Robards reprises elements of her successful Ghost Moon (1999): a southern setting, lovers with children, a serial killer, and enough graphic violence to appeal to the Hannibal Lecter fan club.
When billionaire Charles Haywood is found dead in his world-class racing stable in Kentucky bluegrass country, ostensibly driven to suicide by scandal and financial ruin, his daughter Alexandra, a photographer for coffee-table books about architecture, returns to sell her old Kentucky home, Whistledown Farms, and fire the staff. But Joe Welch, her dad’s “dead-sexy” manager, refuses to be fired. The father of three, he needs the money, and besides, he has a contract. Though the two begin as antagonists—he’s a pigheaded, macho, overbearing bully, she’s a cashmere-sweatered rich bitch with a spoiled teenaged half-sister—the plans of a serial killer (“the predator”) throw them together. The predator likes to kidnap victims, rape them, and burn them alive with kerosene. In one dreadful scene, Robards tells more about the immolation of a dog than some readers will want to know. During their first night at Whistledown, Alexandra is awakened by the predator, who roams the ante-bellum mansion at will. When she tries to pursue him, he knocks her over the head, and she and her sister Neely run through a thunderstorm hoping to find safety at Joe’s house. Half-unconscious and protected by only a thin nightie rendered transparent by the rain, Alex throws herself on Joe. In Robards’s own brand of first aid, they even take a shower together to get the blood and mud off her body. Joe’s solid pecs, and even more solid family values, rescue Alexandra and Neely from an uncertain future, and the Haywood cat (Hannibal, of course), along with the ghost of Charles Haywood, rescues them from the predator.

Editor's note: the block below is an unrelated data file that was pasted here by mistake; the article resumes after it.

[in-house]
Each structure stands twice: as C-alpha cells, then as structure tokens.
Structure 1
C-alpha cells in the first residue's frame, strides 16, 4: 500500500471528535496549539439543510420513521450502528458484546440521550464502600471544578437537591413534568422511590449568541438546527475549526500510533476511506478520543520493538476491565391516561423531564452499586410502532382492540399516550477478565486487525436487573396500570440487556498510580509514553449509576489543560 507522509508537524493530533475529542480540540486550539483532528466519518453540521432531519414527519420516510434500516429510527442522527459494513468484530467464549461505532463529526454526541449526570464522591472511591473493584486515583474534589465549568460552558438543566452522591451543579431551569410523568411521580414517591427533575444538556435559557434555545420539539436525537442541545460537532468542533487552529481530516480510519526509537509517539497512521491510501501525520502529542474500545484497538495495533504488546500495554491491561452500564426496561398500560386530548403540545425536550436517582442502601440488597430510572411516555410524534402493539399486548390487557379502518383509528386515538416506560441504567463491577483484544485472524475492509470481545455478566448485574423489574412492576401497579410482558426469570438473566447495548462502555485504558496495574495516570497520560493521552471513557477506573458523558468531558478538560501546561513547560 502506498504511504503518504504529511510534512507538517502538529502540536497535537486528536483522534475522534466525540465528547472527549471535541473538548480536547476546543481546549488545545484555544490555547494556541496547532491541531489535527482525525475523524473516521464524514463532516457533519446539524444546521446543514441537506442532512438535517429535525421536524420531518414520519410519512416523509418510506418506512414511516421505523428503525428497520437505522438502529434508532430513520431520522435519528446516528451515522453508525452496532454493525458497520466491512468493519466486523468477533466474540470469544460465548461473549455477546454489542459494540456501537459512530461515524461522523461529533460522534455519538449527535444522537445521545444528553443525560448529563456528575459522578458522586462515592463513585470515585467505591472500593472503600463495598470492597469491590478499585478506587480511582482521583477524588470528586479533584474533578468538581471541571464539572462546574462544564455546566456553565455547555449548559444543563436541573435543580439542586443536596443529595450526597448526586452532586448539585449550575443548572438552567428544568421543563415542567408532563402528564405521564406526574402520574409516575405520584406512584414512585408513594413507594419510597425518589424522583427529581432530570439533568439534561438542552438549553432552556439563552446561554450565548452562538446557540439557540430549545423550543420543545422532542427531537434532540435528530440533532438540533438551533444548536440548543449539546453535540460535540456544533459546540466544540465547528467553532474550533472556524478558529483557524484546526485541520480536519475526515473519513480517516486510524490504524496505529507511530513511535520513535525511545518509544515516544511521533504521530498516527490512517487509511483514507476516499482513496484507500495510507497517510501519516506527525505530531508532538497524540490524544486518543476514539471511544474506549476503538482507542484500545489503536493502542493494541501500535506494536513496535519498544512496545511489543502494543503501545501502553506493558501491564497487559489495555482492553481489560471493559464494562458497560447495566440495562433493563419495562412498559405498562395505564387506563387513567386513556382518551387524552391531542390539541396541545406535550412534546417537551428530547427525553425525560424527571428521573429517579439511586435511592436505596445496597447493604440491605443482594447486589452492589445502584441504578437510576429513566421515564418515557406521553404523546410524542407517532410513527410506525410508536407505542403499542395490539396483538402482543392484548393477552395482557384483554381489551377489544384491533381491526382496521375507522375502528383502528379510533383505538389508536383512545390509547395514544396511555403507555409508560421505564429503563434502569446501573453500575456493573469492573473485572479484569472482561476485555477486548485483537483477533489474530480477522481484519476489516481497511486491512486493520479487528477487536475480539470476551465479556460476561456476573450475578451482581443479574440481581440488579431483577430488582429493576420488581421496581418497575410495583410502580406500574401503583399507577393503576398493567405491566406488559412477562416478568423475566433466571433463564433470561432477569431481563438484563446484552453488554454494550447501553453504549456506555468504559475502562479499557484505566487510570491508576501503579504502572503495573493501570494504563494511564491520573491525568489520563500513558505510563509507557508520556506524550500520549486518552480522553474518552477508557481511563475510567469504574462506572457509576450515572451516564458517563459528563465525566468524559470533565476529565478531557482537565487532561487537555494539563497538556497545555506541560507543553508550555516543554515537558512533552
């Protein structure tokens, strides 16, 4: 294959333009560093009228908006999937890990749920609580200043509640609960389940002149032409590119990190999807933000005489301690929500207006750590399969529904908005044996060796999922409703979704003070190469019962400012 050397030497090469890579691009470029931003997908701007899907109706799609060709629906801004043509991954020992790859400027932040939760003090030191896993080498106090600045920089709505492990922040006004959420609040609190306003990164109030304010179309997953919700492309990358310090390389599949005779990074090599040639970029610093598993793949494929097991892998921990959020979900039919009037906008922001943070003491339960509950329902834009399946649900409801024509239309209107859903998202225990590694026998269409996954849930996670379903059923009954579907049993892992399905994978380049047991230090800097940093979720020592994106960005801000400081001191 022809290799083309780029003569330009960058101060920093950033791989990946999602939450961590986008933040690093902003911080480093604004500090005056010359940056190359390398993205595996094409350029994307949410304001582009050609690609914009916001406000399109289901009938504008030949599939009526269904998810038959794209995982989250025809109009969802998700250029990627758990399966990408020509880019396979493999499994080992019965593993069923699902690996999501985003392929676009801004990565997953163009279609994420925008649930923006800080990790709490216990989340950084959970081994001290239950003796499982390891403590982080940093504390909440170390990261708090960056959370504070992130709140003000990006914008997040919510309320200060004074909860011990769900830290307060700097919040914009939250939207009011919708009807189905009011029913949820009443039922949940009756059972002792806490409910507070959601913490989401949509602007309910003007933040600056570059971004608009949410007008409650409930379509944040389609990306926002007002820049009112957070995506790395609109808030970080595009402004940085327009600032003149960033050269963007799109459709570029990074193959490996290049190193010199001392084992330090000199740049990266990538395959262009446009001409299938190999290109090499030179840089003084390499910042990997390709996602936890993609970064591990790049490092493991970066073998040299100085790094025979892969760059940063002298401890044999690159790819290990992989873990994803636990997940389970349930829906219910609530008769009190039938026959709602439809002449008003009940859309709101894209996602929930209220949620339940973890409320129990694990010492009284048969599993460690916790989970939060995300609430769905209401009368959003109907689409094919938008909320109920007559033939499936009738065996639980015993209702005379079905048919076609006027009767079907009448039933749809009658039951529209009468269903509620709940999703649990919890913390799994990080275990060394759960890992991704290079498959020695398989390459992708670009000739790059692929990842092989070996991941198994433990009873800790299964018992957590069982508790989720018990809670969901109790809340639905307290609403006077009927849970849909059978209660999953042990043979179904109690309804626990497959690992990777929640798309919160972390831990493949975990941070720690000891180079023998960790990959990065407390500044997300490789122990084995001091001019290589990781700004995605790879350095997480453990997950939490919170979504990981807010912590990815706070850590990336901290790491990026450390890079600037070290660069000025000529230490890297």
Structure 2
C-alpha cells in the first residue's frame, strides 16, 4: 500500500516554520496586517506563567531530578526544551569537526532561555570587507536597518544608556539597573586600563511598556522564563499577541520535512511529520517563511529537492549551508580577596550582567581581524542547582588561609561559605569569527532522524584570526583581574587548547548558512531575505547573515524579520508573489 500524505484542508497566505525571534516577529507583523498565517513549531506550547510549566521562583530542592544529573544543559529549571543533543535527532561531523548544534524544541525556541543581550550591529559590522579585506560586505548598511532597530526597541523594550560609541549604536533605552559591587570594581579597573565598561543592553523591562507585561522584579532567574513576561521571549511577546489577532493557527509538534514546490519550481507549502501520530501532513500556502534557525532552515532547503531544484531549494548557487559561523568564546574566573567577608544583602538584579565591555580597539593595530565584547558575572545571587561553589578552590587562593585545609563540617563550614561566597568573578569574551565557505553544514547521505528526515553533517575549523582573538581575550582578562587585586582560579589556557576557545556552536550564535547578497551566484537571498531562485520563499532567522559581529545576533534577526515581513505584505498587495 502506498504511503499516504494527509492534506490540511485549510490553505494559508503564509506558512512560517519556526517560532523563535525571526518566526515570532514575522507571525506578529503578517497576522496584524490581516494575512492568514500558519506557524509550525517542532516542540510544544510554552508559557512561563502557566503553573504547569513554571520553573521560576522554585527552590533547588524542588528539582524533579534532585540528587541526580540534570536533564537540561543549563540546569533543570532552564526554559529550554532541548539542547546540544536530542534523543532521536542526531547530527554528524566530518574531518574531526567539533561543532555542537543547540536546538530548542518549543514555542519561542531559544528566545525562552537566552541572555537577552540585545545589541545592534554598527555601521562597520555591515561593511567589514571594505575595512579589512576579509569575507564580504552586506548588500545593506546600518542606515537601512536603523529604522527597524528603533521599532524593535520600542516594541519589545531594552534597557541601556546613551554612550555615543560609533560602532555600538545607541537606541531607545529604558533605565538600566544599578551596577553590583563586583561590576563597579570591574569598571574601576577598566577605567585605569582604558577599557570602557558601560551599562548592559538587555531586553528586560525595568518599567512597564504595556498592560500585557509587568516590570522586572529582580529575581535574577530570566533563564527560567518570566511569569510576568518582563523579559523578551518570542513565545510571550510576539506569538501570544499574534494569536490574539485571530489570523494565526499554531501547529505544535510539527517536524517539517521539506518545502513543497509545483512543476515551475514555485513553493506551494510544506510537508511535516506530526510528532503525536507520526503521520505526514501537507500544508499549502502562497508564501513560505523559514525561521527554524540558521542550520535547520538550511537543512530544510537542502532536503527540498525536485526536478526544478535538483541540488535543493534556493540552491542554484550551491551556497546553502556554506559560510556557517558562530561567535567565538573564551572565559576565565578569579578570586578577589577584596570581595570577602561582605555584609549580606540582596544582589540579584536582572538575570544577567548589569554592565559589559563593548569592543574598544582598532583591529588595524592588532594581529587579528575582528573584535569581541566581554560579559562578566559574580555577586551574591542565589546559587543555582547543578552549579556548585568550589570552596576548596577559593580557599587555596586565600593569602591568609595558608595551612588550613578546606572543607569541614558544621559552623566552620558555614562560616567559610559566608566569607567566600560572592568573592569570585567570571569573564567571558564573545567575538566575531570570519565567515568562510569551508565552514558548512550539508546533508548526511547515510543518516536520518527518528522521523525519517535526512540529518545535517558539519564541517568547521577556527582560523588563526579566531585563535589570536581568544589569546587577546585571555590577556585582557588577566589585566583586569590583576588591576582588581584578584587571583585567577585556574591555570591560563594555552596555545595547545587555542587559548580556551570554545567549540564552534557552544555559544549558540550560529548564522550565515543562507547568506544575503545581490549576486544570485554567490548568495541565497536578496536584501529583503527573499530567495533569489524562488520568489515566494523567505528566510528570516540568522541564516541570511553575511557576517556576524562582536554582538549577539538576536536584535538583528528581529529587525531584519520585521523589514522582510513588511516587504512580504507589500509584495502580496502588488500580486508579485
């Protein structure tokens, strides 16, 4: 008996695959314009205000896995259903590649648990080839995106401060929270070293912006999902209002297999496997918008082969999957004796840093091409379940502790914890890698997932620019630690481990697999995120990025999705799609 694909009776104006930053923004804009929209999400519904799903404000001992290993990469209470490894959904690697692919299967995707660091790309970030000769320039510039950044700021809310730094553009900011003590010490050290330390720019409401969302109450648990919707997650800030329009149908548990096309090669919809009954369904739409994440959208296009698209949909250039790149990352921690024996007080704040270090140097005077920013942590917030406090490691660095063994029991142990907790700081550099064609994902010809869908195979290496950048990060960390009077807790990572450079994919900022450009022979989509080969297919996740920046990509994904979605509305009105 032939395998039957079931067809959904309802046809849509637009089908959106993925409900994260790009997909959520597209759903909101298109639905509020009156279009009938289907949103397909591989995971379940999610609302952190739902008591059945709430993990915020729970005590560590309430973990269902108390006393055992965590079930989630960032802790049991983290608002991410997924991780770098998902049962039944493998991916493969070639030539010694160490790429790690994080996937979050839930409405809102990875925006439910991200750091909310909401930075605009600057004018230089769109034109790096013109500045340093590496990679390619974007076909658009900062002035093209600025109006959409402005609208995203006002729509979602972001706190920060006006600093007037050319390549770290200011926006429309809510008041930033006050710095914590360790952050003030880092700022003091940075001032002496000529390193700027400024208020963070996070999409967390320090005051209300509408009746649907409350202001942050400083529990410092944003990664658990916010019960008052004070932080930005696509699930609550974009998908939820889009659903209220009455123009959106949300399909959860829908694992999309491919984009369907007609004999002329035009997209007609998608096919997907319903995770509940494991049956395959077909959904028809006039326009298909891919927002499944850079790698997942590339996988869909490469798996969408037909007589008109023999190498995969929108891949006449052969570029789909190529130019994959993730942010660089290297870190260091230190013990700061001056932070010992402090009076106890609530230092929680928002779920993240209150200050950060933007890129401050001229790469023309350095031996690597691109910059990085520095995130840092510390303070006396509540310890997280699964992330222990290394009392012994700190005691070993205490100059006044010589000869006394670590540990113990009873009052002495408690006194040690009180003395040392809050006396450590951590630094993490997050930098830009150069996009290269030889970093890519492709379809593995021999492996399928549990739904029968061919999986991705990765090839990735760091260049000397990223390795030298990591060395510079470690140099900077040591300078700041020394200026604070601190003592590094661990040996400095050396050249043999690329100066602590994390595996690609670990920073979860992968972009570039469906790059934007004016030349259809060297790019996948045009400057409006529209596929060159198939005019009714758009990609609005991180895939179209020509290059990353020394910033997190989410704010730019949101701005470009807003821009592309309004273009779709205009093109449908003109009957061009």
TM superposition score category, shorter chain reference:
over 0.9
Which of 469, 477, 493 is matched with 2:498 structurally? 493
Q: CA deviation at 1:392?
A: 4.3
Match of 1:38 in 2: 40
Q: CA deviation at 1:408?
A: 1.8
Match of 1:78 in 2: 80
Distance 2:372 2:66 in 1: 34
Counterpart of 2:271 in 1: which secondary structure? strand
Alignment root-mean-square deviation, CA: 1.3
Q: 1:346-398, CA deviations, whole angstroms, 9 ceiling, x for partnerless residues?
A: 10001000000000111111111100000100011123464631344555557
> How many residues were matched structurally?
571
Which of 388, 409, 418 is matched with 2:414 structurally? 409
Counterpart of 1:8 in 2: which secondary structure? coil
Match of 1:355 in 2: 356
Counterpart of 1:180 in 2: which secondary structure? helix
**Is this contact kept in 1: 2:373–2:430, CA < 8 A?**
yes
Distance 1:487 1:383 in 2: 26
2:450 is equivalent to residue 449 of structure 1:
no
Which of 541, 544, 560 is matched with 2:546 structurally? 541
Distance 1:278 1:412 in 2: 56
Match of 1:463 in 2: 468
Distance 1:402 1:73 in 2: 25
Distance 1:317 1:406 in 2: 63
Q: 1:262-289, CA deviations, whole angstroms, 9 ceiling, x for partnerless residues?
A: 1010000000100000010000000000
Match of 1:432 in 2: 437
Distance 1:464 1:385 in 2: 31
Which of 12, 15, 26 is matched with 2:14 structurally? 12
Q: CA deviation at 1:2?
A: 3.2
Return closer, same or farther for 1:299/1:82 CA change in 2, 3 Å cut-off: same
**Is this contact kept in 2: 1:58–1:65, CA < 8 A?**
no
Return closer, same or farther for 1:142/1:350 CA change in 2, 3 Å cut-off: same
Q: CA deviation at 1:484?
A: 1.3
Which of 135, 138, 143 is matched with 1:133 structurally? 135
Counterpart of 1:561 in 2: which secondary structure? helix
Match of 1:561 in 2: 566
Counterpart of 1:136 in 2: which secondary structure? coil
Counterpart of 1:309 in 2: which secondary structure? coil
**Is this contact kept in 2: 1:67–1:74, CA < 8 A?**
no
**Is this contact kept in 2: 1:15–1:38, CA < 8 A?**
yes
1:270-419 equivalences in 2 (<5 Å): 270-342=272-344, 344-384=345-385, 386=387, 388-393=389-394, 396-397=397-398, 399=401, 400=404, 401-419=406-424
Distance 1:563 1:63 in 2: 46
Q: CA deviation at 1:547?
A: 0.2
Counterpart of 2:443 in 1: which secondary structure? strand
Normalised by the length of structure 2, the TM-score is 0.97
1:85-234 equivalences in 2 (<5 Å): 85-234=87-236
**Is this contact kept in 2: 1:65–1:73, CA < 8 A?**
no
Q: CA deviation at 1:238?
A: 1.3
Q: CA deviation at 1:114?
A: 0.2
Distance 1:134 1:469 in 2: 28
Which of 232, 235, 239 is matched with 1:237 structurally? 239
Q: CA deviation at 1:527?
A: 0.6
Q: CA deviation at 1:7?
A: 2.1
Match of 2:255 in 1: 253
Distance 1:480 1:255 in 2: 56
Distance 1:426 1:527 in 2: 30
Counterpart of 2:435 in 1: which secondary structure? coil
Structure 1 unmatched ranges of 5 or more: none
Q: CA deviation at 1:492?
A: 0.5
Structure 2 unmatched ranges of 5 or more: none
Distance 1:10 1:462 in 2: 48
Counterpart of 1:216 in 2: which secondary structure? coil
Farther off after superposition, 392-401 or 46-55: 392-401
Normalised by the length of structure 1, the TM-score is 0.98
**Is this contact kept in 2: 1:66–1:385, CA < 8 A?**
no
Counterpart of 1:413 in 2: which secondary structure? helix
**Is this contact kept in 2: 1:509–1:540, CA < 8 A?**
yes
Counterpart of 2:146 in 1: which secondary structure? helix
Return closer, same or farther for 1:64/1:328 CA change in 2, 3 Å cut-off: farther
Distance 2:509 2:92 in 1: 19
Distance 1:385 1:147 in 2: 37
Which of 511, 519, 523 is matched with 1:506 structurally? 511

Robards does a steamy, creditable job for those who don’t mind all those charred bodies.